After only a few hours, Dave Chappelle’s stand-up gig in Minneapolis, Minn., was canceled.
First Avenue, the historic venue where Prince’s “Purple Rain” was filmed, stated that the performance will be relocating to Varsity Theater instead of its current location on First Avenue. Following Chappelle’s Netflix special “The Closer,” which attracted attention for its transphobic jokes, the venue took to Instagram to address the social media reaction they had received.
Please know that we hear and are sorry to the members of our team, artists, and the broader community. We recognize that we have failed you, and we apologize for our mistakes. Statement: “We are not simply a black box with people in it, and we recognize that First Ave is not just a space, but important beyond our borders,” the statement continues.
I know you have worked hard to make our venues the safest places in the nation, and we will maintain that effort.” We respect the right of free speech and creative expression, but in doing so, we overlooked the potential consequences.”
There were a lot of negative comments on First Avenue’s social media when they announced Chappelle’s event earlier this week, but TMZ claimed that the tickets swiftly sold out. It’s “disgusting” that “homophobic or transphobic language will not be accepted,” says one remark on the venue’s Facebook page for Dave Chappelle’s show.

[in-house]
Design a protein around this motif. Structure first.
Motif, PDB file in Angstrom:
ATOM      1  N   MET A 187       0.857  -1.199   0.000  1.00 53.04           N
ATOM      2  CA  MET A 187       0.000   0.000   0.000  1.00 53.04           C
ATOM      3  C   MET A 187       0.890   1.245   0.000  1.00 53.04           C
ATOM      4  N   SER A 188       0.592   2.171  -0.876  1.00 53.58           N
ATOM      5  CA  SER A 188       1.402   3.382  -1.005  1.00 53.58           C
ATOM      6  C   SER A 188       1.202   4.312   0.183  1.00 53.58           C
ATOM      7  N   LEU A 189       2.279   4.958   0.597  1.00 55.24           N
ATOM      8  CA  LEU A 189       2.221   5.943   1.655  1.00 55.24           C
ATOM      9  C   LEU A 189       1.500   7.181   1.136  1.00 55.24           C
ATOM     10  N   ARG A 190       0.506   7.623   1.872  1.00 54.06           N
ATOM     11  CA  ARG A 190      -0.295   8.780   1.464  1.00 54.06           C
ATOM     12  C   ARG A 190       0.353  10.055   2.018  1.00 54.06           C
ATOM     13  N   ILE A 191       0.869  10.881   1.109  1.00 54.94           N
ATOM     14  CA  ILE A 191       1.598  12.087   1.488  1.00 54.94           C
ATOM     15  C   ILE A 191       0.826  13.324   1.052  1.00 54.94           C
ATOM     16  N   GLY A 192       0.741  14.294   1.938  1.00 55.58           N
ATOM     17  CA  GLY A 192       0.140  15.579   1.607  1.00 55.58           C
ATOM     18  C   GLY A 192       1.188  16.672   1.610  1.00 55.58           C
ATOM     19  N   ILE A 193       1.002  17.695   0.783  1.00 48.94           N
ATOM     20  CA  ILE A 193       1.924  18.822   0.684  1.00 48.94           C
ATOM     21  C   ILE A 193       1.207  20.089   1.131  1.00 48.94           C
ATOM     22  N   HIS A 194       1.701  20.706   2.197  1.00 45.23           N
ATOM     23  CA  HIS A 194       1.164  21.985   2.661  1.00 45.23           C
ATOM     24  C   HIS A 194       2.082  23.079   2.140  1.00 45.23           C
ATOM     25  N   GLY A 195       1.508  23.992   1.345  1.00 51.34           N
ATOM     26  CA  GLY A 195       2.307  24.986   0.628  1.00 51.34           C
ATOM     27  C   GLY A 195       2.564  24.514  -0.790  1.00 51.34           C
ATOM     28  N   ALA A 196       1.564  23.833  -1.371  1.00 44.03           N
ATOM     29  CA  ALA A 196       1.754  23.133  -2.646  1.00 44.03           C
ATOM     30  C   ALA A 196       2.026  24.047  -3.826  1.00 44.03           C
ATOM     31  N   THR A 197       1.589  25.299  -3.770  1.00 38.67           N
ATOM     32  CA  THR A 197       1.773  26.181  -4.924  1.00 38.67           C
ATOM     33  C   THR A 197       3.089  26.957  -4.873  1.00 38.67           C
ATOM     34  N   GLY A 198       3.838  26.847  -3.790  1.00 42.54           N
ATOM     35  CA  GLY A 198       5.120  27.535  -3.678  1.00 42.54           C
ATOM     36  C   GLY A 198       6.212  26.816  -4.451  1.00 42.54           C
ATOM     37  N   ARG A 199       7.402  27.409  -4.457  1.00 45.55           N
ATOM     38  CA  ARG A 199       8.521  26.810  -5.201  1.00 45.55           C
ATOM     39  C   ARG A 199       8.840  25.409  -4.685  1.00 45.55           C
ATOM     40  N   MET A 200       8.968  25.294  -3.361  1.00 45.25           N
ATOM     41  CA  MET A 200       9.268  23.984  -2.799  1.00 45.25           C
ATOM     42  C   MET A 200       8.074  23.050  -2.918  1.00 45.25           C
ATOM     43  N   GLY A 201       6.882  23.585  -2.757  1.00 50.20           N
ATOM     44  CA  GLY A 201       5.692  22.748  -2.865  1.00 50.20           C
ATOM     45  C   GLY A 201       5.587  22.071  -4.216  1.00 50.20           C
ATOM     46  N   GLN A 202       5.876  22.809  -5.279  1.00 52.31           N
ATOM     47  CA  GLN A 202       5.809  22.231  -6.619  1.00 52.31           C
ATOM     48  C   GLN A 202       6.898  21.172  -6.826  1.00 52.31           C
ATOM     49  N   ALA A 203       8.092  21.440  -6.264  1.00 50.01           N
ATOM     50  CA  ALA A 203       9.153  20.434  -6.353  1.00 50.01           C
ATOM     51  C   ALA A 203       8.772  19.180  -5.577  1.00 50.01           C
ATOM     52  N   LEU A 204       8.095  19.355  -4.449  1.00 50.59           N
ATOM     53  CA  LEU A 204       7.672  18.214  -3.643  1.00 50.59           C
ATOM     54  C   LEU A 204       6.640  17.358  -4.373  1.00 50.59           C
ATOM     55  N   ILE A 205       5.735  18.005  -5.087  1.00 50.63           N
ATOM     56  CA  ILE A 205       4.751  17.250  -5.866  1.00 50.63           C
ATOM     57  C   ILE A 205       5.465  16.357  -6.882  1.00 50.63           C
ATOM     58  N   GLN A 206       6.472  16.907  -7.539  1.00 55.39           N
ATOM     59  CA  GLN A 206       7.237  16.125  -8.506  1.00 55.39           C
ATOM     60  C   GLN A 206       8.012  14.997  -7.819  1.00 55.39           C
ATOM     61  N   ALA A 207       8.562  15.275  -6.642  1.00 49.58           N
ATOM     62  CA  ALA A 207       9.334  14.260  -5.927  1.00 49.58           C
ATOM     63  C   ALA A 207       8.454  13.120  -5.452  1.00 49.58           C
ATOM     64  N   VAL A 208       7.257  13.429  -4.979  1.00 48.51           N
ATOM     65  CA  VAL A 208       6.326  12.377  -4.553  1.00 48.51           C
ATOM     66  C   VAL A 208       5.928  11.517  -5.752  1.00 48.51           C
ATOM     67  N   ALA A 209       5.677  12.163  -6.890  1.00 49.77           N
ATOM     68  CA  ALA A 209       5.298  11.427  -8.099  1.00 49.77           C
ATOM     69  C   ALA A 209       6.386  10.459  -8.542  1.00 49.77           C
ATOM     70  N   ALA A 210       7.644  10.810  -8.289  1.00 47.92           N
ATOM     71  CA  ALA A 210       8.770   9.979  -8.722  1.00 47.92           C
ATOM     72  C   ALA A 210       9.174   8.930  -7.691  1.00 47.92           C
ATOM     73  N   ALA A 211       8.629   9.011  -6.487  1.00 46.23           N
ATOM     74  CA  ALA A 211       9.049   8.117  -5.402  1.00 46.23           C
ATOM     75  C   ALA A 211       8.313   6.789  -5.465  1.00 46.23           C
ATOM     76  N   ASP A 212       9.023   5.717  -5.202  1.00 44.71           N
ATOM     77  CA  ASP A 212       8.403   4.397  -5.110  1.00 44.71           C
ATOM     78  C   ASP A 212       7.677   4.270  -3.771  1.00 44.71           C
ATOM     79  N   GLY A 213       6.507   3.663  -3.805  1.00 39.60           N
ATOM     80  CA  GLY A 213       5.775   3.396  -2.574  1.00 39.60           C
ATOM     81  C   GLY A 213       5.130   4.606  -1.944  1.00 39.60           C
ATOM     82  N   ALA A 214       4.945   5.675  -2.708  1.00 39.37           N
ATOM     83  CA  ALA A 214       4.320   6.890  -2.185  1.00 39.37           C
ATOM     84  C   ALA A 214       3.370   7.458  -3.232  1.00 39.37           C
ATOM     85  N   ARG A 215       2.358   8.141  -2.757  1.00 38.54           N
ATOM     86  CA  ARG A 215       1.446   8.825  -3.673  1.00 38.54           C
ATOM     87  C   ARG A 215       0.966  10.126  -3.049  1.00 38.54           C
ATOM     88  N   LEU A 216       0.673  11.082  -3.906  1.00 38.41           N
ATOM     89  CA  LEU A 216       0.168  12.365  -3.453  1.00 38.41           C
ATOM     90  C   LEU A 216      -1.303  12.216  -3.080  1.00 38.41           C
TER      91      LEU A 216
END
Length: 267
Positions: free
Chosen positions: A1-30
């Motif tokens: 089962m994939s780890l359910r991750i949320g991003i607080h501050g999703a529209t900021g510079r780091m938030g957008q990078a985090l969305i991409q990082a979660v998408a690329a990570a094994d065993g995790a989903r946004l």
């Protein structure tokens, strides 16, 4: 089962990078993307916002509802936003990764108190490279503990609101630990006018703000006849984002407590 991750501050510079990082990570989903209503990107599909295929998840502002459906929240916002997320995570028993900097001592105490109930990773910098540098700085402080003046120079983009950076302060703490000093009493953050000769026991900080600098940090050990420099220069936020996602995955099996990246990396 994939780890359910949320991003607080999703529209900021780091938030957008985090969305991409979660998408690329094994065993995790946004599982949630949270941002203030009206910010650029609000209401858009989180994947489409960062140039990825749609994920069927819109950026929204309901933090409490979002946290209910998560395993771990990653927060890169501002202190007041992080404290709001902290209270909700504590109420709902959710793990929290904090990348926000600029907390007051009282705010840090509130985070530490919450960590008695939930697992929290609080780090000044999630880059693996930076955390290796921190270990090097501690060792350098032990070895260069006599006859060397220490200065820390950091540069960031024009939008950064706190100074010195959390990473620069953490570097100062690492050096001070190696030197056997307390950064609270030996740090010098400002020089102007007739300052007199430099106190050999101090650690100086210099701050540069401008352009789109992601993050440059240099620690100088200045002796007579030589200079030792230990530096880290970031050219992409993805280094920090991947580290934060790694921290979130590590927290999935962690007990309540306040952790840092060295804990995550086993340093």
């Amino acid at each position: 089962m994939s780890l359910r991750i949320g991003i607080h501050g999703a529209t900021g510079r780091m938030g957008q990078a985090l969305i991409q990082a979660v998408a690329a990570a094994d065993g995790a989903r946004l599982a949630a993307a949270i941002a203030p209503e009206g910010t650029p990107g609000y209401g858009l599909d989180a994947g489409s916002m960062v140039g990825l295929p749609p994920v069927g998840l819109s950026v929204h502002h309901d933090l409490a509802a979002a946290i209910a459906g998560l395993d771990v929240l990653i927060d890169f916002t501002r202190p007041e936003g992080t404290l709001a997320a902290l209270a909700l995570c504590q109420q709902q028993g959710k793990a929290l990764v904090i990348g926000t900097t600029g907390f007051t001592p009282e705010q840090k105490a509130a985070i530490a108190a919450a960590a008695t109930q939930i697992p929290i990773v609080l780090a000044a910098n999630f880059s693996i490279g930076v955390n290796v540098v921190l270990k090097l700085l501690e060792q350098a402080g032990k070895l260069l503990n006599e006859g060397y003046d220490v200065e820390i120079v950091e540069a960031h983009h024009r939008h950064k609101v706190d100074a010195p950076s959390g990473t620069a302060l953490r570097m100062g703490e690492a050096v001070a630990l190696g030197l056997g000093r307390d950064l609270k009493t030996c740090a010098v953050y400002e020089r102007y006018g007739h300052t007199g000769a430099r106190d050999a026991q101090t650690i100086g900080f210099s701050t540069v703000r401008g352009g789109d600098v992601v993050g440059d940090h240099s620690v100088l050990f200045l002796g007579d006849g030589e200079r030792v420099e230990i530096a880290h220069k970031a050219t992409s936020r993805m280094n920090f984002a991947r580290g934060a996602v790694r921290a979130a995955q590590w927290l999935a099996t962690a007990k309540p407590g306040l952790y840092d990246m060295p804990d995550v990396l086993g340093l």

With the addition of two extra performances on July 21 and 22, Varsity Theater in Dinkytown will host Wednesday’s program.
In a recent lecture at his alma college, Chappelle again justified his jokes by citing creative liberty. It was revealed that Chappelle had opted against having a theater at the school named after him, preferring to rename it the Theater for Artistic Freedom and Expression. ‘What’s in a Name?’ A discussion with kids at the school led to the decision, Chappelle said, citing their criticism of his words in “The Closer.”
My heart broke when I heard those talking points coming out of those children’s lips. Because I’m sure those terms weren’t invented by those young people. Those are words I’ve heard before. When someone says I can’t say something, “the more vital it is for me to speak it,” Chappelle stated. In addition, I’m unable to say anything about what you’re saying.”
It’s all about my right to express myself via art. That’s a big deal for me. That is not a part of me that has been cut off. Our great, noble professions are worth maintaining for me and for everyone else who pursues them.”
Chappelle Became Frustrated When Stand-up Audience Members Yelled Scenes From the Show
Chappelle notoriously informed an audience in 2004 that they were “dumb” for yelling “I’m Rick James, b*tch” as he was attempting to do stand-up comedy, and he also warned the crowd that the performance was wrecking his life. Chappelle’s comments gained widespread notoriety. Later on, Chappelle is said to have walked away from a deal for an estimated $50 million before going to Africa to recharge his batteries.
In an interview with Oprah in 2006, Chappelle said that he believed individuals around him were manipulating him. “I thought that in a lot of situations I was being purposely put through stress because when you’re a person who creates money, people have a vested interest in controlling you,” he said.
“It’s because when you’re a guy who generates money, people have a vested interest in controlling you.” He disclosed his intentions to Comedy Central, stating that he wanted to renegotiate the arrangement and donate his wealth to charitable causes. Instead, the network showed a condensed version of the third season of “lost episodes,” which was hosted by Rawlings and Charlie Murphy and included material that had already been produced.